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Israel’s clean tech clicks with Ohio’s

Posted By Karin Kloosterman On July 25, 2010 @ 12:00 am In | 1 Comment

Israel’s privatized clean tech incubator LN Greentech is about to branch out in the US, starting with the state of Ohio.

 

“Israel is our home… but the market is in the US,” Klara Oren, CEO of LN Greentech.

Klara Oren, CEO of the Israeli clean tech-focused incubator LN Greentech, started the company in her living room in the early ’90s. She thought it would be a good way to help Israel’s new immigrants from Russia to integrate. Back then the focus was on biotech, and the government liked her approach so much that it provided funding to help transform research ideas into companies.

Unlike the American incubator model, LN Greentech, now privatized, is Israel’s only incubator that’s focused on promoting the development of clean tech companies in the country. And according to company reports, it’s about to branch out in the US via a new partnership with businesses in Ohio.

Following business trips from Israel to Ohio, and those bringing Ohioans to Israel, last month LN Greentech signed a deal with the Ohio Clean Technologies Group, which is designed to create more than 2,000 sustainable jobs in the Midwestern state’s Mahoning Valley. The group’s vision includes plans to bring clean technologies in alternative energy and clean energy to market. And it includes Israel as well.

The unusual partnership between Israel and Ohio started early this year, when the founders of Ohio Clean Technologies visited Israel as part of a delegation that included the mayors from Youngstown and Warren, Ohio. The delegation also included representatives of local businesses and of the Youngstown/Warren Regional Chamber.

The Ohio-Israel click

The Israeli group had previously received offers of partnership from other companies and groups, but there was something special about the chemistry with the Ohio delegation, that just ‘clicked’ with the Israelis.

“Some of the most innovative technologies we’ve seen have come out of Israel,” Jack Scott, a founder of the Ohio Group told an Ohio newspaper. “What they’ve done is partnered with their defense department.” And it is that partnership which has bred innovation across the board, well beyond military, he said.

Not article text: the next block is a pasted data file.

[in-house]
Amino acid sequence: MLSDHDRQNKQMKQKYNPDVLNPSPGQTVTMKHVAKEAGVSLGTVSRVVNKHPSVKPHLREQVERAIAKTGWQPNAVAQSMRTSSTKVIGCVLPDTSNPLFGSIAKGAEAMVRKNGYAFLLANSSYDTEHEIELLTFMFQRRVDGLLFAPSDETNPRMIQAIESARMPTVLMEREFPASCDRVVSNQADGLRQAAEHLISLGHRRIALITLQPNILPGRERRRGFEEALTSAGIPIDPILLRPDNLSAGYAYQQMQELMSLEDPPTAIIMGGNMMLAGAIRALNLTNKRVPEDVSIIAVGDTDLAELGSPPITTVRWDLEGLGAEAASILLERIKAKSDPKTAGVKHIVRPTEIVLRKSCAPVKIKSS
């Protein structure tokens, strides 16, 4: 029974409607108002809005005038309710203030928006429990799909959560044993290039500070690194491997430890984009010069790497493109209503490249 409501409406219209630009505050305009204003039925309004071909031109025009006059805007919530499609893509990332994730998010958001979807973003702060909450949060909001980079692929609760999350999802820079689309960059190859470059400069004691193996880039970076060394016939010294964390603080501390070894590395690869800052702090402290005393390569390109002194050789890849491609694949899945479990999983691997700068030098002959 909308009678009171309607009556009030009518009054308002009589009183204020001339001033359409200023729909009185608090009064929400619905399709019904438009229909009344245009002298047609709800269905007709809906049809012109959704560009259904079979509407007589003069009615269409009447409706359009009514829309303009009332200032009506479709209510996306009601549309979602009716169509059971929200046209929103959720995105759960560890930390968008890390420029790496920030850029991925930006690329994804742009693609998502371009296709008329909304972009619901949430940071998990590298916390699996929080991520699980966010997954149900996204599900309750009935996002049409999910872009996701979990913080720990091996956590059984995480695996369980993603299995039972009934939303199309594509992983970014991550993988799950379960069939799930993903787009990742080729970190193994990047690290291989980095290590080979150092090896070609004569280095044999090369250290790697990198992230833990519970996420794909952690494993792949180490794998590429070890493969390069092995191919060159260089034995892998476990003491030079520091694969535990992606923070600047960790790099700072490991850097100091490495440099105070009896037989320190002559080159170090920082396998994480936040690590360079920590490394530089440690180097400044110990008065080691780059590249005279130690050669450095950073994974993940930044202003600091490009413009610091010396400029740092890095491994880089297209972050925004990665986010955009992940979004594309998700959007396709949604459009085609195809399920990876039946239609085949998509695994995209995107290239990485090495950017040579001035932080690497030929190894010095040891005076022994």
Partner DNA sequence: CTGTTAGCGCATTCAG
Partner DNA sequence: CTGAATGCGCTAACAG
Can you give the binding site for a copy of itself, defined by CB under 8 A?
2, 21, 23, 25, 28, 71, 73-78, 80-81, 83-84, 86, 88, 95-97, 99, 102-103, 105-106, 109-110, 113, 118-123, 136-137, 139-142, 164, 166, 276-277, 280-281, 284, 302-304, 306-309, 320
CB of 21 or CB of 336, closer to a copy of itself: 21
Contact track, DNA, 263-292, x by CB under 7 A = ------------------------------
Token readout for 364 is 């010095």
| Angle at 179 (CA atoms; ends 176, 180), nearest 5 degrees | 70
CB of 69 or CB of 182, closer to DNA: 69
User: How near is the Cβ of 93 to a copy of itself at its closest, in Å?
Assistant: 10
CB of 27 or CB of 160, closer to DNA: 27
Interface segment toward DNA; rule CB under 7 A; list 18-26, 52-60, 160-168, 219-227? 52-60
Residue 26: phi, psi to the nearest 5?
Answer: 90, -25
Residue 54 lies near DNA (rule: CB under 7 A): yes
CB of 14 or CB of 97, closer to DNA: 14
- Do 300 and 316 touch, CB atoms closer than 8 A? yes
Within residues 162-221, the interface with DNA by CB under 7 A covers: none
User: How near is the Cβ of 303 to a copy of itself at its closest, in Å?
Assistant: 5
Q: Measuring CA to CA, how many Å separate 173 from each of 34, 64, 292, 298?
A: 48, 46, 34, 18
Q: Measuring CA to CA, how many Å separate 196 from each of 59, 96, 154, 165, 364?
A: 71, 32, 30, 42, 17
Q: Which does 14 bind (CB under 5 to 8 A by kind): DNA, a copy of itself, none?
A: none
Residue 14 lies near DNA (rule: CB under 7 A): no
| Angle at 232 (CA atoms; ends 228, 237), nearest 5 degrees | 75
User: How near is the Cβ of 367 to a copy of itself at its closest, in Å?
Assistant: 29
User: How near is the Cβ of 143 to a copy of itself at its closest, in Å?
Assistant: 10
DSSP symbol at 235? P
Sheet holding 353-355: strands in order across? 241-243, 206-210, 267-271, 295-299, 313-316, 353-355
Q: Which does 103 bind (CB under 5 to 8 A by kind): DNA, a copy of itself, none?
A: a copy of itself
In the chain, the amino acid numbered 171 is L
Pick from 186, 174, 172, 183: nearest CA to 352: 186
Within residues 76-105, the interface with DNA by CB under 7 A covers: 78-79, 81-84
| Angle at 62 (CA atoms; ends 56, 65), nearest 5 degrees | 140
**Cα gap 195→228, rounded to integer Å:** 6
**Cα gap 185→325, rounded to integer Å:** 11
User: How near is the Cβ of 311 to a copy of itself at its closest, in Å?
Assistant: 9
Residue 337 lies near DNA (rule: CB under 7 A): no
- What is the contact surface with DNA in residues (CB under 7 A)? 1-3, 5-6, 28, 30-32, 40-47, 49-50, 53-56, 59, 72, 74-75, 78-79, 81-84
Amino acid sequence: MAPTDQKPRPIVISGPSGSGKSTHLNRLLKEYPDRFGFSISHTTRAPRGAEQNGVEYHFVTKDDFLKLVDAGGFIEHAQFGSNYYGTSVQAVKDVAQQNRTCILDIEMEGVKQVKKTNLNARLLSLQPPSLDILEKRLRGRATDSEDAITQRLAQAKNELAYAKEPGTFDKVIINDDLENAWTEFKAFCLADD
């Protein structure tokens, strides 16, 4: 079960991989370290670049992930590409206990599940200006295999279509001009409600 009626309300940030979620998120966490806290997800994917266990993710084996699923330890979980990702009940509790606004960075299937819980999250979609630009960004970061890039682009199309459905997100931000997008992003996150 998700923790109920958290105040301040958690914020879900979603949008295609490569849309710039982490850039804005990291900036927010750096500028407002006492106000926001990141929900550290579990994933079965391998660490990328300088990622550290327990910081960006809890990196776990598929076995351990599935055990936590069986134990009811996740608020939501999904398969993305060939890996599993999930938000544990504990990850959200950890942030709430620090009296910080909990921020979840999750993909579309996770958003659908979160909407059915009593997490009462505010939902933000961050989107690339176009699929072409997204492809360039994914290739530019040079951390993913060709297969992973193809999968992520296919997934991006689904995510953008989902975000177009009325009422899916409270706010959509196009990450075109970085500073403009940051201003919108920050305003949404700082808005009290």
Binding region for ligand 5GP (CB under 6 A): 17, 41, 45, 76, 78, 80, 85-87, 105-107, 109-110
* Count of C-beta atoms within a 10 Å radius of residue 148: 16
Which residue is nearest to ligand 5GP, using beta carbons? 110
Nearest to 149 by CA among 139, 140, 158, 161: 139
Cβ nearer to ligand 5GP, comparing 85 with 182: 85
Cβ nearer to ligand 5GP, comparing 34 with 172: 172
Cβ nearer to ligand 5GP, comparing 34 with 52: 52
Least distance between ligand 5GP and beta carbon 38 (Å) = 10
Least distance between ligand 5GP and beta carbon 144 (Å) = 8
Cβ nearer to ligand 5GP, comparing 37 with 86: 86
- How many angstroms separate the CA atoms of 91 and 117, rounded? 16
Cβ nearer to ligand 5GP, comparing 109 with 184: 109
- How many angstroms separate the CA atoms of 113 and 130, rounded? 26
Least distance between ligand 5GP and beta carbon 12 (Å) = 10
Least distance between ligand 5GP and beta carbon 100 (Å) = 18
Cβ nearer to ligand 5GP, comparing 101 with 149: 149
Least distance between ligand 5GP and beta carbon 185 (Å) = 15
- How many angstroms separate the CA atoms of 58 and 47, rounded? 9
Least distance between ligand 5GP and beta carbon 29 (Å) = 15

Among the innovative LN Greentech companies that impressed him were the young companies promising advances in laser technologies, wind energy and solar cells, and remote sensors. Scott said, “We want to create a link with the Israeli incubator companies and identify and transfer those technologies back here.”

Lena Schneider, Oren’s assistant at LN Greentech tells ISRAEL21c: “The idea here with the US group is that we want them to, and believe they can, promote our projects and programs in the US. Part of the agreement signed is that they will be able to commercialize them. We all know what each side has. Israel is for us – a home – but the market is in the US. We are aiming to get into the market in the US.”

Among the dozen or so companies being helped financially in the incubator are two from the Israeli Arab community: TransBioDiesel, which is developing catalysts for the biofuel industry; and Agrobics, that develops wastewater treatment technologies.

Referring to the two Arab firms Schneider, also an immigrant from the Ukraine, tells ISRAEL21c, “We welcome any Israeli company to come to the incubator; we look at the individual projects themselves. And we are happy to have these two brilliant ideas in the incubator.”

A boutique incubator from A to Z

Unlike in Ohio, where incubator facilities offer very basic services and facilities, Schneider explains that a different structure is in place in Israel. “Here an incubator provides you with a whole set of everything. For two years we receive the projects to our incubator and we give them guidance in tech, budgeting, admin, looking for funding, approaching VC’s… we give them the whole structure so that they can be focused on their project.”

The Ohio group was fascinated by the Israeli approach, she says, and the “way we operate.” Plus, over the past three years, “our incubator has focused only on clean tech and this is what makes it special.”

Oren founded LN Greentech in 1993 and it quickly became part of the local incubator system, helping to support technologies created by highly trained Jewish Russian physicists and engineers during a mass immigration to Israel after the lifting of the FSU’s infamous Iron Curtain.

Well-known for her service in the Israel Air Force, Oren became the go-to woman for the new immigrants. Today, 70 companies later, about 50 people are members of the LN Greentech team, including a dedicated administrative operations staff of four, based in Haifa. There’s a team of from three to five people for every project.

Investors in LN Greentech include the Altshuler Shaham investment house, Zeev Bronfeld, and private investors. One of the most recent successful exits has been wound management company Polyheal.

The next step is for the Israeli company to head over to the US to check out American projects: “We are very happy not only with the cooperation, but also personally, with the people in Ohio we are working with,” Schneider concludes.

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